When Courbet set out to make a name in French art, he knew he had to get a reaction from two artists in particular. When Eugène Delacroix gave Courbet his blessing as the next generation of Romanticism, Courbet was thrilled. When Jean Auguste Dominique Ingres shook his head and called Courbet nothing but trouble, Courbet was even happier. Born August 29, 1780, Ingres stood for the establishment long after the anti-establishment was cool. When he painted Napoleon on his Imperial Throne (above, in 1806), Ingres saw himself as the heir to the state-approved painter role of Jacques-Louis David. Unfortunately for Ingres, Napoleon met his Waterloo and Ingres’ beloved Neoclassicism came face to face with the Romantics. Ingres struggled for years, ignored by critics as derivative of David and little else. Today, we can appreciate Ingres for his cool, grand style, which always seems to sneer at those below its station. One of the great draftsmen of his age and a beautiful colorist, Ingres always seemed to win the hearts of those in power more than the hearts of the average viewer, even today, and perhaps even more today when painting for “the Man” doesn’t necessarily win you points.
Ingres languished in semi-obscurity until the rousing success of The Vow of Louis XIII (above, from 1824). After the trials of the French Revolution, the Reign of Terror, and the Napoleonic Wars, France finally seemed ready for nostalgia for the days of the monarchy. Ingres chooses the moment when Louis XIII dedicated the country of France to the Virgin Mary in hopes of giving birth to an heir. After twenty-three years of trying, Louis XIII and his queen finally gave birth to the future Louis XIV. All of the excesses of the French kings that led to the revolution were gently forgotten in the inevitable pendulum shift back to conservative thinking when whole nations found themselves captivated by the drama of royal succession. The Paris Salon embraced Ingres and his style, forging the state-run art taste machine that would entrench establishment mores for decades until Edouard Manet and the Impressionists shook things up. Ingres saw himself as the modern Raphael, standard-bearer of “good” taste and moral painting against the rabble-rousing forces of Romanticism and its descendents.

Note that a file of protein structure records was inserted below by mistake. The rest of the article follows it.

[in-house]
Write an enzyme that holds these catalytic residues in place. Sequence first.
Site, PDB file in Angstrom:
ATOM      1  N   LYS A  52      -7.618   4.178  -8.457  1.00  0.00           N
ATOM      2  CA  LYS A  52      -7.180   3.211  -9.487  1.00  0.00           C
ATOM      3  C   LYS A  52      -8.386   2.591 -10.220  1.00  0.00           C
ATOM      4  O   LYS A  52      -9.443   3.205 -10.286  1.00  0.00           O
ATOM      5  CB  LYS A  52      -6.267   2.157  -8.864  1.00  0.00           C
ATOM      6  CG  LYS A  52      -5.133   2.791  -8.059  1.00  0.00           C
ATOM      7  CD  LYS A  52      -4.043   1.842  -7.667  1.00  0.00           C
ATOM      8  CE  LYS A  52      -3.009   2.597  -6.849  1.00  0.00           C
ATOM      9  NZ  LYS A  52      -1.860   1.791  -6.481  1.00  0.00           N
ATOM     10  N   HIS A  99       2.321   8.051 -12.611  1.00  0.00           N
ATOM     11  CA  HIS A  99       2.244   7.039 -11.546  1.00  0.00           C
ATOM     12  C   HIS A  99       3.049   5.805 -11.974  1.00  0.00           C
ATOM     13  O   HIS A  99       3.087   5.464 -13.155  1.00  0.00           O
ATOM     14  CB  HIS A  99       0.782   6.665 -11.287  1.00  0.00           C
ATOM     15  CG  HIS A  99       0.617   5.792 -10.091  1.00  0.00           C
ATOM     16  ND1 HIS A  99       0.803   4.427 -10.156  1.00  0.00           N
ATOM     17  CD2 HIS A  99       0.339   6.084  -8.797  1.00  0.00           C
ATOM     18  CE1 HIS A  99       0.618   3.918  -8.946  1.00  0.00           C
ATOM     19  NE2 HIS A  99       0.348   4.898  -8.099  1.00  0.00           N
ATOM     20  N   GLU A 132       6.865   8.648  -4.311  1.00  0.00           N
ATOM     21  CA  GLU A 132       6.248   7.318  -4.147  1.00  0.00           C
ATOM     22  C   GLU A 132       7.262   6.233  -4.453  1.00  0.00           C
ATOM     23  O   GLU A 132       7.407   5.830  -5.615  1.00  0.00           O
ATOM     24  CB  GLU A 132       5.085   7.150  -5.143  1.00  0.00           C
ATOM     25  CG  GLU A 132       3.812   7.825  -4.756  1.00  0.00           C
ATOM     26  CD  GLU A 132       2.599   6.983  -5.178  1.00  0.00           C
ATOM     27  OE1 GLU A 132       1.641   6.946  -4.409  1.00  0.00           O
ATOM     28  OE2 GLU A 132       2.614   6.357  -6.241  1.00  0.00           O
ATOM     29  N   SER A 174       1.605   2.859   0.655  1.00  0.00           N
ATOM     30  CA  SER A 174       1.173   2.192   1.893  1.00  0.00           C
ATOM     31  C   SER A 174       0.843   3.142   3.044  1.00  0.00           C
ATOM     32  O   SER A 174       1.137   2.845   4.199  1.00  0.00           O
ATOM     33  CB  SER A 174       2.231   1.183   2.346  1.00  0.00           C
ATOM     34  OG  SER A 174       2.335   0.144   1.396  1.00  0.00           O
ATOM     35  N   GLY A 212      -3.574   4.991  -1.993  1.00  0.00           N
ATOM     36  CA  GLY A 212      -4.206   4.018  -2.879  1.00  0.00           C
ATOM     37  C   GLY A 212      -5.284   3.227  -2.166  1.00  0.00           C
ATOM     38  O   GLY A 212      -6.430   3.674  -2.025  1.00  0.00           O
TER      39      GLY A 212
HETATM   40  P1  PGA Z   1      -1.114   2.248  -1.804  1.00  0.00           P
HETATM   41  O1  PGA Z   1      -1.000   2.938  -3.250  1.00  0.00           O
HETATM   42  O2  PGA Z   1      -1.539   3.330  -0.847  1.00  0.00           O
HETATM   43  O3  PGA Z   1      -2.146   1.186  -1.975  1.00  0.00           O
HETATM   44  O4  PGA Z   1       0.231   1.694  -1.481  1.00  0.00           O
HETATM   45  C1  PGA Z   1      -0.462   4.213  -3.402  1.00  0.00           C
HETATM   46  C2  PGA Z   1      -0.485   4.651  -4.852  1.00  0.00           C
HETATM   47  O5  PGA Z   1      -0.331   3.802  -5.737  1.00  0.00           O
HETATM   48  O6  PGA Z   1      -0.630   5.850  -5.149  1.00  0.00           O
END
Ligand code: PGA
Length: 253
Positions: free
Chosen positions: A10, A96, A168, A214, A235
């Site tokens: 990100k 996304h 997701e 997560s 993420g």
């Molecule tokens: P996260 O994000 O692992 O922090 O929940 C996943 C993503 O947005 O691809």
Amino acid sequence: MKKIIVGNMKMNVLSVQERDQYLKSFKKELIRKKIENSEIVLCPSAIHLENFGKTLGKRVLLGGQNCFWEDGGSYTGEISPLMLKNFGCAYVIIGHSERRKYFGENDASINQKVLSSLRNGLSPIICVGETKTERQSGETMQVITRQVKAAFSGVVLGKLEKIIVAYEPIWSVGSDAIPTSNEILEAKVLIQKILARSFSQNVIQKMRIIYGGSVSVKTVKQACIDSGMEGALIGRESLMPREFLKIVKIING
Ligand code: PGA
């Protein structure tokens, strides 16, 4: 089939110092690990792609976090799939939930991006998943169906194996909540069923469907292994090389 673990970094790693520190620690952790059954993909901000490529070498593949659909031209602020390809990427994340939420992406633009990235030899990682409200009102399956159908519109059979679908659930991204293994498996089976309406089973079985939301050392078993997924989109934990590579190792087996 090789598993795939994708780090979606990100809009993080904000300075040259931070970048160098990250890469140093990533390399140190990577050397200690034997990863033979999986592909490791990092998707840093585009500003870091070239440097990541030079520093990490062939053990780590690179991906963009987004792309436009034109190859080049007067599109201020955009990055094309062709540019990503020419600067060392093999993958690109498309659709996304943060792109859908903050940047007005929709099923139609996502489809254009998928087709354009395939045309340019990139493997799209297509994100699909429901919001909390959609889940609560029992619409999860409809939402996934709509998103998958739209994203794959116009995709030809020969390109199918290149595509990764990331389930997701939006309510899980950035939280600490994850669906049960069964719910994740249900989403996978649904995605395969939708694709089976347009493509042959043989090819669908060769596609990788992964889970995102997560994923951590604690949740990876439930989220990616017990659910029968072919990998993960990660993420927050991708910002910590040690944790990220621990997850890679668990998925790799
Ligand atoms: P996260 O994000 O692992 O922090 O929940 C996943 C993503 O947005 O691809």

Thanks to the success of The Vow of Louis XIII, earlier works by Ingres such as La Grande Odalisque (above, from 1814) suddenly were acceptable. In his Orientalist nudes, often set in harems, Ingres never really captures the exotic, licentious feel of the East that fascinated nineteenth century Europeans. All of his little touches, from the peacock feathers to the rich fabrics, seem like dead studio props. However, Ingres does loosen up a bit in La Grande Odalisque, his finest nude. The Ingres sneer appears again on the countenance of the woman, but the beautiful depiction of the human form as a work of art itself sets this apart from everything else Ingres ever painted. The woman’s back stretches impossibly thanks to extra sets of vertebrae inserted by Ingres to accentuate her curves. Ingres allowed himself moments of freedom, especially when playing on his violin the works of Beethoven, Mozart, and Gluck with his friend, the wild-man violinist Paganini. Later generations of artists would appreciate Ingres’ portraits for their skillfulness, but it was in those brief, tantalizing moments of freedom that they found an example, and perhaps a cautionary tale, to learn from.